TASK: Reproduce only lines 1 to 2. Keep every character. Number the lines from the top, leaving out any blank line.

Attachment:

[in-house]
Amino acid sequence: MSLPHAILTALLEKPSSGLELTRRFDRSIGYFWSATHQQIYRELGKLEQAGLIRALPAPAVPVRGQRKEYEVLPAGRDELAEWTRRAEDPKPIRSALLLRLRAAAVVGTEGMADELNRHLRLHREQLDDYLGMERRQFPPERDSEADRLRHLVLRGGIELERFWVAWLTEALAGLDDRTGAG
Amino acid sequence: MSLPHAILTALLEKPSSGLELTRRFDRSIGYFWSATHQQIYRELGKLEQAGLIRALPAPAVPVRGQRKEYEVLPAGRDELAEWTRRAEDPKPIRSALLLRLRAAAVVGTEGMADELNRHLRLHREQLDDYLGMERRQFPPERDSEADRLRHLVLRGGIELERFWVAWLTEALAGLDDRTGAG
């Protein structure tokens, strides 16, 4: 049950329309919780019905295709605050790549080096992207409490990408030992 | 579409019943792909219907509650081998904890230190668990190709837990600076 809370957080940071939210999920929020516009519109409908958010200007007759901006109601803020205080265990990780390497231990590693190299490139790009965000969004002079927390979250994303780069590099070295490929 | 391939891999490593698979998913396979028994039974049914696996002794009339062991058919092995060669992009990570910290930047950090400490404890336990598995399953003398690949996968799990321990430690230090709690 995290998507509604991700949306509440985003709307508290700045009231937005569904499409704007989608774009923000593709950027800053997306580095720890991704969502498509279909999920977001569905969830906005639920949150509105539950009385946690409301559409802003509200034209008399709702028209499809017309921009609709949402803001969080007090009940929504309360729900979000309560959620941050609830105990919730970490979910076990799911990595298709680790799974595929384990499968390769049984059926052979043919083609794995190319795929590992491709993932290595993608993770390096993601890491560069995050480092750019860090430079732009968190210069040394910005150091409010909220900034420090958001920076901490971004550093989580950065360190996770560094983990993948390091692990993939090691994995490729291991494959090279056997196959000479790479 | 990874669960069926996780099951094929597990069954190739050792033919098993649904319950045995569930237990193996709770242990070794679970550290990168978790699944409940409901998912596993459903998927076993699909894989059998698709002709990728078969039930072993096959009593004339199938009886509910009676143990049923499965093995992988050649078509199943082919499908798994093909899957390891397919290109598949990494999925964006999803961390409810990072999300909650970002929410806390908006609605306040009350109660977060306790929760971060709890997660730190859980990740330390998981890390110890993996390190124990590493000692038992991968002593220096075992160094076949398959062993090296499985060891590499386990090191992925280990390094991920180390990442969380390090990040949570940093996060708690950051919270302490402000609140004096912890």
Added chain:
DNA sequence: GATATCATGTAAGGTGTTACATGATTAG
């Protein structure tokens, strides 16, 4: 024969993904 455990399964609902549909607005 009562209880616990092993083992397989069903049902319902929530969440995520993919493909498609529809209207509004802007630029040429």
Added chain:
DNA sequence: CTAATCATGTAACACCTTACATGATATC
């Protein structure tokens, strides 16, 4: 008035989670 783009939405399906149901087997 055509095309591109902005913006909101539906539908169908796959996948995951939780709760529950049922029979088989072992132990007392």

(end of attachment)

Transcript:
[in-house]
Amino acid sequence: MSLPHAILTALLEKPSSGLELTRRFDRSIGYFWSATHQQIYRELGKLEQAGLIRALPAPAVPVRGQRKEYEVLPAGRDELAEWTRRAEDPKPIRSALLLRLRAAAVVGTEGMADELNRHLRLHREQLDDYLGMERRQFPPERDSEADRLRHLVLRGGIELERFWVAWLTEALAGLDDRTGAG